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Report: China losing manufacturing edge

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Fabricators & Manufacturers Association International Economic Analyst Chris Kuehl said China stands to lose manufacturing market share and would have no cost advantage compared to the U.S. by 2016. Kuehl reviewed his analysis of recent economic reports in the association’s newsletter Fabrinomics, according to a news release.

“Wages (in China) are growing at 17 percent annually, while in the U.S. they are growing at 3 percent,” Kuehl said in the release. “At the managerial levels and among skilled workers, the rate of Chinese wage growth is about 135 percent per year; in the U.S., that same group is seeing wage growth of 3.7 percent. The Chinese pay scale is still far less than in the U.S., but that gap is closing very fast.”

According to the Missouri Department of Economic Development, Missouri export sales increased 35 percent to nearly $13 billion in 2010 compared to 2009.

In a March Springfield Business Journal story, SRC Holdings Corp. CEO Jack Stack stated the importance of increased exporting in the states.

“I have a really strong belief that we are going to be seeing more in-sourcing in the United States,” he said. “We used to buy a lot of components from China, and China was doing a lot of the manufacturing and importing into here. I think we’re going to be importing those jobs back to America.”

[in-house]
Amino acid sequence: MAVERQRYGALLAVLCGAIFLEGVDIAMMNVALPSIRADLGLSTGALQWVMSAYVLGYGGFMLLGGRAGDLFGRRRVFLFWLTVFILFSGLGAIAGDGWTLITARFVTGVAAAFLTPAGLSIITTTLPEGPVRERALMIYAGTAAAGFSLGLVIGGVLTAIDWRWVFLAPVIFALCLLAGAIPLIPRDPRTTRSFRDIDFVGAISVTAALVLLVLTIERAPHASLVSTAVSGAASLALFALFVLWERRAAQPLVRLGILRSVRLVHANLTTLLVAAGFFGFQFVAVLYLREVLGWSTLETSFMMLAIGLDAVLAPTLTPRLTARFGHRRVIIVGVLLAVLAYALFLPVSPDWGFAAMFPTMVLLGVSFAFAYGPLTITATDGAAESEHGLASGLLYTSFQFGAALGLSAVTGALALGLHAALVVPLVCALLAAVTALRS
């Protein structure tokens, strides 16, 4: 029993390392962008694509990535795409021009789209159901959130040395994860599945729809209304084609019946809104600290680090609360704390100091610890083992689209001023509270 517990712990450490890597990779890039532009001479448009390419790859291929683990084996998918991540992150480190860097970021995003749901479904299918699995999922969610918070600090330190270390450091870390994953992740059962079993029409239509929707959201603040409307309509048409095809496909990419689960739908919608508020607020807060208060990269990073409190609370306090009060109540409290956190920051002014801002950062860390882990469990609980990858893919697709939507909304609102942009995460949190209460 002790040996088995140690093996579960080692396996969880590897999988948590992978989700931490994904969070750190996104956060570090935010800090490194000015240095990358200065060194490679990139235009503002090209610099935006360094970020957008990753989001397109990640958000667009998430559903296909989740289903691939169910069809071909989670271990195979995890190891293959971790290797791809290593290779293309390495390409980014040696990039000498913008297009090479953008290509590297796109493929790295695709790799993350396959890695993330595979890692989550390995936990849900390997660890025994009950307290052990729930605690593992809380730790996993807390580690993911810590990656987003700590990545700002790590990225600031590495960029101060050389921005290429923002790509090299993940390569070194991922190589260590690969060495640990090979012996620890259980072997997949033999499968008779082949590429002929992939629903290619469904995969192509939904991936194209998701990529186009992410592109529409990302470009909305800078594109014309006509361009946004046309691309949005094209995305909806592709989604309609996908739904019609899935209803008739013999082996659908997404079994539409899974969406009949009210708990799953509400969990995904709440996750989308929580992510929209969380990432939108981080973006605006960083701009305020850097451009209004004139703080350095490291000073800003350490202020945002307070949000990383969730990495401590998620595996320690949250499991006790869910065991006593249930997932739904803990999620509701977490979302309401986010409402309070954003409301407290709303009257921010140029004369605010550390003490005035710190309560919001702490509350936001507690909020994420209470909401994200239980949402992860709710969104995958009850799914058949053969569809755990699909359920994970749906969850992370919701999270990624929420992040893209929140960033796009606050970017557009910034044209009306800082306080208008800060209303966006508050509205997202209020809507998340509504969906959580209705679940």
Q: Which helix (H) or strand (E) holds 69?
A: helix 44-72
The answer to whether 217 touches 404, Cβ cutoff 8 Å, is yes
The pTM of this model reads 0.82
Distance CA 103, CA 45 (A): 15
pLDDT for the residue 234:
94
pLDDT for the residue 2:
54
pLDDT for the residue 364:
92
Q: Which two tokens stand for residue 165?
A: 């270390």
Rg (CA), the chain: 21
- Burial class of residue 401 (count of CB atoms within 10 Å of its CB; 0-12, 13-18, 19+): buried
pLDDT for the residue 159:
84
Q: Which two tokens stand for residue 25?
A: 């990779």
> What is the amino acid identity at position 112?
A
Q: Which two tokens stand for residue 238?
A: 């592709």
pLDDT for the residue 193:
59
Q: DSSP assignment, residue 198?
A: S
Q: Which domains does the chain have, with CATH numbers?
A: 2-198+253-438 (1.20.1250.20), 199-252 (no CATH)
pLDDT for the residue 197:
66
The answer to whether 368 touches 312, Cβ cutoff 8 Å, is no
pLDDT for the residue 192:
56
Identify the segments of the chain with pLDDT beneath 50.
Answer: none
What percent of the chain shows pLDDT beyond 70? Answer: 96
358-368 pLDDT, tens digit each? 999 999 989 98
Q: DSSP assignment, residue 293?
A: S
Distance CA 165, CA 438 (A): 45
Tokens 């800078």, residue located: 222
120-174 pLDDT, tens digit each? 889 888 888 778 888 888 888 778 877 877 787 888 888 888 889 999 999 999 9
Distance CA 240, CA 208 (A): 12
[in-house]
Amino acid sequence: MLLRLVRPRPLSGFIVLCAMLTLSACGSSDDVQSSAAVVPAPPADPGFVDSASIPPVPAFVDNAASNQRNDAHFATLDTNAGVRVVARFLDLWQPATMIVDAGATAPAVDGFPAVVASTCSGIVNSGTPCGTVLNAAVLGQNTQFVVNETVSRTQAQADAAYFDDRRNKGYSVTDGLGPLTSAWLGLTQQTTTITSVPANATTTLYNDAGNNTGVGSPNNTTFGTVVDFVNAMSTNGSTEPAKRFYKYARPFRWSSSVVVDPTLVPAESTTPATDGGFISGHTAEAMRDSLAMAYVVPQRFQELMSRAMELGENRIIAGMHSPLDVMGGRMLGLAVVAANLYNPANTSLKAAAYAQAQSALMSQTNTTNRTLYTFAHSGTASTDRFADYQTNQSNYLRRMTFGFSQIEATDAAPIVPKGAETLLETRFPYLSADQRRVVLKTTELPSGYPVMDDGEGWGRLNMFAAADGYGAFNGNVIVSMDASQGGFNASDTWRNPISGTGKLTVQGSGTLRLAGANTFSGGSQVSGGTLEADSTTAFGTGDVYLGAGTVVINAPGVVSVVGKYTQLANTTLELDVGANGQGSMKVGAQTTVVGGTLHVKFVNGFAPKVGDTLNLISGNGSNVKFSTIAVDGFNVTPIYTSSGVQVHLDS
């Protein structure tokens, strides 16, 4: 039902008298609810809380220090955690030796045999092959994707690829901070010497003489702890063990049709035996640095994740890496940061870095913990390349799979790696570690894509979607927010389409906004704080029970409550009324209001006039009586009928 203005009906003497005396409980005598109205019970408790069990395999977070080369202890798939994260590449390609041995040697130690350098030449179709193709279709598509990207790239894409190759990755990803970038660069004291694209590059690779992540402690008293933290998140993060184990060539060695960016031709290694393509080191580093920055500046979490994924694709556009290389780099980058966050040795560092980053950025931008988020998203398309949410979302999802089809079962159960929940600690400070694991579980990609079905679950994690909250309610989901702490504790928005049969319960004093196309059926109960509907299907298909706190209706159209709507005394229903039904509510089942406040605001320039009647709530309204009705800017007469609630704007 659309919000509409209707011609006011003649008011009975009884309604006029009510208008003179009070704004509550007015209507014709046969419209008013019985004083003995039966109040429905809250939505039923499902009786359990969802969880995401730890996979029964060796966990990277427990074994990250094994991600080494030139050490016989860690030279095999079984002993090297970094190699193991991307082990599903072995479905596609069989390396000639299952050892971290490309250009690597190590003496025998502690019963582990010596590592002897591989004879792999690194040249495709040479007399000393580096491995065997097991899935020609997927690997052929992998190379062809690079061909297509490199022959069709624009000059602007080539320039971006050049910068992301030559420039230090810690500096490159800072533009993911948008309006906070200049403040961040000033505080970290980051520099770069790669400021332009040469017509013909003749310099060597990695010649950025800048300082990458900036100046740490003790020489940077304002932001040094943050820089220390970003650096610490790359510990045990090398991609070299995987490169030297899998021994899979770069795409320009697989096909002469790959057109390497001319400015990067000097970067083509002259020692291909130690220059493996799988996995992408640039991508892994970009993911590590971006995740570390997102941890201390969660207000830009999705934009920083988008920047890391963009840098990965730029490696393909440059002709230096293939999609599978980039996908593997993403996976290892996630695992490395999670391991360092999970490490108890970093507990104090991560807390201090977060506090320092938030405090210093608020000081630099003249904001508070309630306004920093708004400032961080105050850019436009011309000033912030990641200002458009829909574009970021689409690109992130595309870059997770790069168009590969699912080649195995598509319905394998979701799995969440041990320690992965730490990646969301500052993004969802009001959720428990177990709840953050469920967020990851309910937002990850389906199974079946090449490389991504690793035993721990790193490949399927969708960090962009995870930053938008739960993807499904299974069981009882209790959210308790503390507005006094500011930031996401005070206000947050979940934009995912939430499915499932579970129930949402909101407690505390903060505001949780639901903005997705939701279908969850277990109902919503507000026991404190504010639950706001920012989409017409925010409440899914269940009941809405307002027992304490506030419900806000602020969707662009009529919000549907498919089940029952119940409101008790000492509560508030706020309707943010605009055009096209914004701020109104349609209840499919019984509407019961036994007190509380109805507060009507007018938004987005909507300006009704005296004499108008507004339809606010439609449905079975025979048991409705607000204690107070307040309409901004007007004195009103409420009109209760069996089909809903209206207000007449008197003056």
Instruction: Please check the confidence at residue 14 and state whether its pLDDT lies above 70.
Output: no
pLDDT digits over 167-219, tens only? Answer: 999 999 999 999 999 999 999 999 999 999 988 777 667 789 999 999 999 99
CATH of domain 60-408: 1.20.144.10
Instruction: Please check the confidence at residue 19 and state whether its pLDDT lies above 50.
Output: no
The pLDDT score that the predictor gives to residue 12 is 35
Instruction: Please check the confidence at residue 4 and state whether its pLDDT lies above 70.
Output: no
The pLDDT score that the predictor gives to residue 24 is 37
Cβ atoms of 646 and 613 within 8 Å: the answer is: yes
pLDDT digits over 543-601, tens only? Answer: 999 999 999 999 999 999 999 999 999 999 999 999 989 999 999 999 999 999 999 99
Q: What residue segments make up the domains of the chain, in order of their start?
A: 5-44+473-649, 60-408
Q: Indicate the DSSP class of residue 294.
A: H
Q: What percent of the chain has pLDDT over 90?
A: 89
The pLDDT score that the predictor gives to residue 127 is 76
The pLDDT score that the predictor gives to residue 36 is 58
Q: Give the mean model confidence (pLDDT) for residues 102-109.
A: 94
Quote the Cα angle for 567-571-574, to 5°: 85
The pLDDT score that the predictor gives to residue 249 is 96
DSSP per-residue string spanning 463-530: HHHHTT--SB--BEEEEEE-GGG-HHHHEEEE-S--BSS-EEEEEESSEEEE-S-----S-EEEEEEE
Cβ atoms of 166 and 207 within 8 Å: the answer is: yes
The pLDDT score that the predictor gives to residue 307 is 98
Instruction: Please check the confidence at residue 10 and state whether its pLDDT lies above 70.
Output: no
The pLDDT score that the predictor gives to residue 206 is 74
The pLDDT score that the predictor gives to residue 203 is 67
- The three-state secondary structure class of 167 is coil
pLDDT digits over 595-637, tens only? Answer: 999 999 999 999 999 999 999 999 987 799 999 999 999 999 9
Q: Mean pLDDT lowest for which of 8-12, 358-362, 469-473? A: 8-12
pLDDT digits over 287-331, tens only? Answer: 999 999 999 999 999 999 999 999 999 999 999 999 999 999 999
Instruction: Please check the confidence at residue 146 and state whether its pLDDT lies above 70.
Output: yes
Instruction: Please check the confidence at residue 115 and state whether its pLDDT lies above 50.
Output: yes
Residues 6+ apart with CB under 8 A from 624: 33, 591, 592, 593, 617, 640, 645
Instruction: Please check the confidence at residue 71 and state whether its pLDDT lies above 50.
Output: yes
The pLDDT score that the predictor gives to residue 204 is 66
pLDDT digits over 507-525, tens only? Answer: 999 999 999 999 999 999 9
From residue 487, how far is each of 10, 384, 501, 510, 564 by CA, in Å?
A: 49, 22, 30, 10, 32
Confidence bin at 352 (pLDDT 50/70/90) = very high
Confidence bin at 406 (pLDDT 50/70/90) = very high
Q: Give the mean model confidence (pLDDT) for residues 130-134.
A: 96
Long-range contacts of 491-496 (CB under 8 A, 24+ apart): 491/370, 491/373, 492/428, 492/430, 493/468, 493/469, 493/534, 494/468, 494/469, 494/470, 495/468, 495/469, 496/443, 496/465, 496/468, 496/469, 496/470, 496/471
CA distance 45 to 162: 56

Kuehl said that Chinese productivity has grown tenfold during the last 20 years, and today comprises 19.8 percent of the world’s manufacturing output. The U.S. is slightly behind with 19.4 percent of total manufacturing production, but the country is seeing productivity gains of almost 8 percent per year, according to Kuehl. His analysis concludes that Chinese manufacturers would not have a cost advantage over their U.S. competitors by the end of 2015.

“If, as expected, the Chinese are forced by inflation threats to start pushing the value of their currency higher, the balance could shift pretty quickly,” Kuehl said in the release. “Then, there is the potential for much higher transportation costs as the price of oil rises. None of this will cause the U.S. manufacturer to shed a tear.”

Kuehl said if China begins to turn its focus to its own domestic market and away from exports as is expected, U.S. manufacturers stand to gain.

“As the U.S. manufacturing (industry) looks to its own market, it will be generally better positioned than the Chinese competitor as the distribution infrastructure in the U.S. is better suited than China’s,” Kuehl said in the release, adding that China’s internal transportation systems are generally inferior to those in the U.S. “Japan looked unstoppable in the 1970s, and they faded over time. It now appears to be the beginning of China’s return to earth.”
Based in Rockford, Ill., the Fabricators & Manufacturers Association International is a professional organization that supports 2,100 members working in the metal forming and fabricating industry.[[In-content Ad]]


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